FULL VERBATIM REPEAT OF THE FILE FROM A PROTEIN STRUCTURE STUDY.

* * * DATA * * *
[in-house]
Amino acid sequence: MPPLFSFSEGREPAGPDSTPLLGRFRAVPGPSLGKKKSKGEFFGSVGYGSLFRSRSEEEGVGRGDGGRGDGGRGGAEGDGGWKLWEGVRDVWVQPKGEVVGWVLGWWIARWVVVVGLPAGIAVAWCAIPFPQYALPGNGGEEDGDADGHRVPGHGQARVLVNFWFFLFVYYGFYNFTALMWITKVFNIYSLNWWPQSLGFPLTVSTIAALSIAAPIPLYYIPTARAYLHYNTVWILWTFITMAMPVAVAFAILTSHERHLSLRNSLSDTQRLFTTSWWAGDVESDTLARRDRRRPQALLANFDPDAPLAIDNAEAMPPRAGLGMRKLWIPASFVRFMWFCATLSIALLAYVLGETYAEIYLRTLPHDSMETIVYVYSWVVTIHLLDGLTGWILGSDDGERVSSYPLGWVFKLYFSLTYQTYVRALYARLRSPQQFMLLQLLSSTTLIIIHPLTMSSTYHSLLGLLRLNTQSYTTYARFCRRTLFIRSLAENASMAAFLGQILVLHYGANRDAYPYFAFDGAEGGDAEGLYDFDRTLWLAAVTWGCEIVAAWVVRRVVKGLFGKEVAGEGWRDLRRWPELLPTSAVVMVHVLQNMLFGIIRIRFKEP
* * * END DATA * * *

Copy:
[in-house]
Amino acid sequence: MPPLFSFSEGREPAGPDSTPLLGRFRAVPGPSLGKKKSKGEFFGSVGYGSLFRSRSEEEGVGRGDGGRGDGGRGGAEGDGGWKLWEGVRDVWVQPKGEVVGWVLGWWIARWVVVVGLPAGIAVAWCAIPFPQYALPGNGGEEDGDADGHRVPGHGQARVLVNFWFFLFVYYGFYNFTALMWITKVFNIYSLNWWPQSLGFPLTVSTIAALSIAAPIPLYYIPTARAYLHYNTVWILWTFITMAMPVAVAFAILTSHERHLSLRNSLSDTQRLFTTSWWAGDVESDTLARRDRRRPQALLANFDPDAPLAIDNAEAMPPRAGLGMRKLWIPASFVRFMWFCATLSIALLAYVLGETYAEIYLRTLPHDSMETIVYVYSWVVTIHLLDGLTGWILGSDDGERVSSYPLGWVFKLYFSLTYQTYVRALYARLRSPQQFMLLQLLSSTTLIIIHPLTMSSTYHSLLGLLRLNTQSYTTYARFCRRTLFIRSLAENASMAAFLGQILVLHYGANRDAYPYFAFDGAEGGDAEGLYDFDRTLWLAAVTWGCEIVAAWVVRRVVKGLFGKEVAGEGWRDLRRWPELLPTSAVVMVHVLQNMLFGIIRIRFKEP